• The assistant measures and records the distance achieved
  • The athlete repeats the test executing the hops with the left leg
  • The assistant measures and records the distance achieved
  • The assistant calculates and records the average of the two recorded distances

25 metre hop

  • The assistant marks out a 25 metre section
  • The assistant gives the command "GO" and starts the stopwatch
  • The athlete, from a standing start, hops on the right leg over the 25 metre section as fast as possible
  • The assistant stops the stopwatch when the athlete completes the 25 metre section and records the time
  • The athlete repeats the test executing the hops with the left leg
  • The assistant calculates and records the average of the two recorded times

5 stride long jump

  • The athlete performs a long jump off 5 strides into the sand pit - long jump rules apply
  • The assistant measures and records the distance achieved

Assessment

Enter the results and then select the 'Calculate' button.

Standing Long Jump metres points
Standing Triple jump metres points
2 hops, step and jump metres points
2 hops, 2 steps and jump metres points
2 hops, 2 steps and 2 jumps metres points
5 spring jumps metres points
Standing 4 hops and jump metres points
Running 4 hops and jump metres points
25 metre hop seconds points
5 stride long jump metres points
Total points

The points allocated by this calculator do not match exactly with the printed Jumps Decathlon tables (Arnold 1987)[1]. A copy of these tables, in Adobe PDF format, is available via this link.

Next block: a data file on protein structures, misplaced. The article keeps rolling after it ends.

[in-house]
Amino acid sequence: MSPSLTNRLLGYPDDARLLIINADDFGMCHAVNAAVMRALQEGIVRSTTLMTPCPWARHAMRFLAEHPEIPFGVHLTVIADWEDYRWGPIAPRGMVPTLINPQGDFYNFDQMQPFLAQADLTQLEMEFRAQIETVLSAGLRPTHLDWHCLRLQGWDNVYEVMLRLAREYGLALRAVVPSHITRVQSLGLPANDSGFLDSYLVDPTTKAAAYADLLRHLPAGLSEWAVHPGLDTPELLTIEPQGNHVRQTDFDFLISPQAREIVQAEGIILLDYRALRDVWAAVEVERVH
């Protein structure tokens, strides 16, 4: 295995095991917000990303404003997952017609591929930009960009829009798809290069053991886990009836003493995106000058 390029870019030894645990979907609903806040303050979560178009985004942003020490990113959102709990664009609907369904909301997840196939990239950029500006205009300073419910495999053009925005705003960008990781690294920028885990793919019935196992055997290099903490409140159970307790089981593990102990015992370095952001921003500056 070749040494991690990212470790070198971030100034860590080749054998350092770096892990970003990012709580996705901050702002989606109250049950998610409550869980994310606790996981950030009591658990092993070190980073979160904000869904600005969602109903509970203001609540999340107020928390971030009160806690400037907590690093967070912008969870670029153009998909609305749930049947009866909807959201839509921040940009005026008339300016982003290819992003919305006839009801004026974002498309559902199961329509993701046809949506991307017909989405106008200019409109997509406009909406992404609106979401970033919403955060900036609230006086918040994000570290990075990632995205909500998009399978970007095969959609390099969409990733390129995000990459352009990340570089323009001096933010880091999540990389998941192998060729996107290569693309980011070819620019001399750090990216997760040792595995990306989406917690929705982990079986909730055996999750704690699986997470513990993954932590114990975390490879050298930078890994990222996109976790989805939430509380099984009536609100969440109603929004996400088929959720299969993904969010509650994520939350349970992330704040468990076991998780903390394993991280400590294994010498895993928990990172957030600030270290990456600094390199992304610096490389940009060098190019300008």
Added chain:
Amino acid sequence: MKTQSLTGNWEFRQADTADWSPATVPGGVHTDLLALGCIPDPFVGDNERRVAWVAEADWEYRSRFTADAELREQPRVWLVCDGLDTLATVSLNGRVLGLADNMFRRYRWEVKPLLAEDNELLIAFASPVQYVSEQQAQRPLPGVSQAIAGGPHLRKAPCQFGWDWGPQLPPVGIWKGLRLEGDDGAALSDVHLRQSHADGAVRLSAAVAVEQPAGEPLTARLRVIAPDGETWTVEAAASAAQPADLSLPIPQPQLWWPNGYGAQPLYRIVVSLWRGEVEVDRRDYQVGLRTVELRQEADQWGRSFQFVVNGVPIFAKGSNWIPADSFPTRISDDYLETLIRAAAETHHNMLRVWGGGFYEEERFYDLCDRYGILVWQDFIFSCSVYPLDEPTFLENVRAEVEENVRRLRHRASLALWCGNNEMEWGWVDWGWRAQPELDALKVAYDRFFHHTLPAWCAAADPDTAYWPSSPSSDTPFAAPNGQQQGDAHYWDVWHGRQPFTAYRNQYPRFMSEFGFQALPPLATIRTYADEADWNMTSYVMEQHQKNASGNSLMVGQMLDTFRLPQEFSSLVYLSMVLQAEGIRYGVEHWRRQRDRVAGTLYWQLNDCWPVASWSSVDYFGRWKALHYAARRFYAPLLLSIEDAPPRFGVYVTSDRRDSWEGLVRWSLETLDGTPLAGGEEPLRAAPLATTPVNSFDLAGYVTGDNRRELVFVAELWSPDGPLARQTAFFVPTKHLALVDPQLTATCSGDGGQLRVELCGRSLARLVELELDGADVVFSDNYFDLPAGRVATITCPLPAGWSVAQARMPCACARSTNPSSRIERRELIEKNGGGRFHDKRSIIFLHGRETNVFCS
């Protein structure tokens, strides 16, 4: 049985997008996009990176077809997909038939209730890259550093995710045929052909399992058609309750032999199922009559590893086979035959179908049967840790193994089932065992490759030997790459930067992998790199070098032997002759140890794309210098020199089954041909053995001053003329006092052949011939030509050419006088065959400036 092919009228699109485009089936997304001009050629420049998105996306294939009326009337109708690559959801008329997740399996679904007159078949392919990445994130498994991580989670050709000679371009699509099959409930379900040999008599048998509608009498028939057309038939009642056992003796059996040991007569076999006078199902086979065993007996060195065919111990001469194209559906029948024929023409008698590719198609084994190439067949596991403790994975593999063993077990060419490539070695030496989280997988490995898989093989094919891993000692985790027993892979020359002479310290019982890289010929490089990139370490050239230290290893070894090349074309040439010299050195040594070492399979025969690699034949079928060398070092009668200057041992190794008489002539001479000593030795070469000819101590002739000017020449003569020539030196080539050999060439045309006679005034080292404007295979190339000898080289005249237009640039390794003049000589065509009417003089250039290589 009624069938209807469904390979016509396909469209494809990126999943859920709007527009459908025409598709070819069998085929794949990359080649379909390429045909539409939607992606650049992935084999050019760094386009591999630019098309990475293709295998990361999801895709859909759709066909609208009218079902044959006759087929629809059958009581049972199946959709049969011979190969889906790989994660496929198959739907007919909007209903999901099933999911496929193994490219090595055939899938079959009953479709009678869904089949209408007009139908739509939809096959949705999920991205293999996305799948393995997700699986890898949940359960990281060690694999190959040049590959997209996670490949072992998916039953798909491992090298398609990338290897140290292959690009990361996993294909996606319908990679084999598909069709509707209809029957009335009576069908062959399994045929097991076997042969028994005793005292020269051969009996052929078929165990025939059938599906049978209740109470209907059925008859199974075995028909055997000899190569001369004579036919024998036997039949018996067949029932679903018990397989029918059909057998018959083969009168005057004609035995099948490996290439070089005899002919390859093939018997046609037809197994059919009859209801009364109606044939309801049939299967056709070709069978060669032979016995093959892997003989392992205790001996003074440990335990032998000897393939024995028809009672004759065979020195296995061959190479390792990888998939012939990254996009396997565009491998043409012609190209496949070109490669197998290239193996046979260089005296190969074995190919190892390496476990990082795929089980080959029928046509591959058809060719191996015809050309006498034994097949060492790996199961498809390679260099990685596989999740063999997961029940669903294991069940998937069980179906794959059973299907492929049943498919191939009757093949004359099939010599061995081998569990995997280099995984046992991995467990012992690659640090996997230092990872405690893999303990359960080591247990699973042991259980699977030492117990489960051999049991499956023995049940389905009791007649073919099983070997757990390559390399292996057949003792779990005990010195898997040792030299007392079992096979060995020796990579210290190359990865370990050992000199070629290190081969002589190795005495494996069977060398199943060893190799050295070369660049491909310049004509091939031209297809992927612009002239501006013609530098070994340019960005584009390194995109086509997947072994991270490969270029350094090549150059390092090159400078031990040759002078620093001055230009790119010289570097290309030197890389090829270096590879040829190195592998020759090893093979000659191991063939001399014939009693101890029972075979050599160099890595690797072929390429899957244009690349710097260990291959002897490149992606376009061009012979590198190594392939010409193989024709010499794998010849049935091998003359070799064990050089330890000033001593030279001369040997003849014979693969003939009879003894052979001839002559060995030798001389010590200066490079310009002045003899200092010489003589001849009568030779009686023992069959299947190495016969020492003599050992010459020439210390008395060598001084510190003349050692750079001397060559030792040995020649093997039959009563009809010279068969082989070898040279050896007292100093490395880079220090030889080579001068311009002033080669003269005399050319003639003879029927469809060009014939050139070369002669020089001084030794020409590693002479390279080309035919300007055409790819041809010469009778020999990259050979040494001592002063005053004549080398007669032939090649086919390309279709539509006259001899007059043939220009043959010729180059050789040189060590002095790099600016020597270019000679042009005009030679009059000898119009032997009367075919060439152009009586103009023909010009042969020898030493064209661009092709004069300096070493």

Analysis

Analysis of the test result is by comparing it with the athlete's previous results for this test. It is expected that, with appropriate training between each test, the analysis would indicate an improvement in the athlete's leg power.

Target Group

This test is suitable for jumpers (e.g. long jump, high jump) but not for individuals where the test would be contraindicated.

Reliability

Test reliability refers to the degree to which a test is consistent and stable in measuring what it is intended to measure. Reliability will depend upon how strict the test is conducted and the individual's level of motivation to perform the test. The following link provides a variety of factors that may influence the results and therefore the test reliability.

Validity

Test validity refers to the degree to which the test actually measures what it claims to measure and the extent to which inferences, conclusions, and decisions made on the basis of test scores are appropriate and meaningful. This test provides a means to monitor the effect of training on the athlete's physical development. There are published tables to relate results to potential performance in competition.

Advantages

  • Minimal equipment required
  • Simple to set up and conduct
  • The test can be administered by the athlete

Disadvantages

  • Specific facilities required
  • Assistant required to administer the test

Free Calculator


References

  1. ARNOLD, M. (1987) Long Jump. 4th ed. London: BAAB. p. 46-47

Page Reference

If you quote information from this page in your work then the reference for this page is:

  • MACKENZIE, B. (2001) Jumps Decathlon [WWW] Available from: https://www.brianmac.co.uk/jumpsdec.htm [Accessed

Related Pages

The following Sports Coach pages provide additional information on this topic: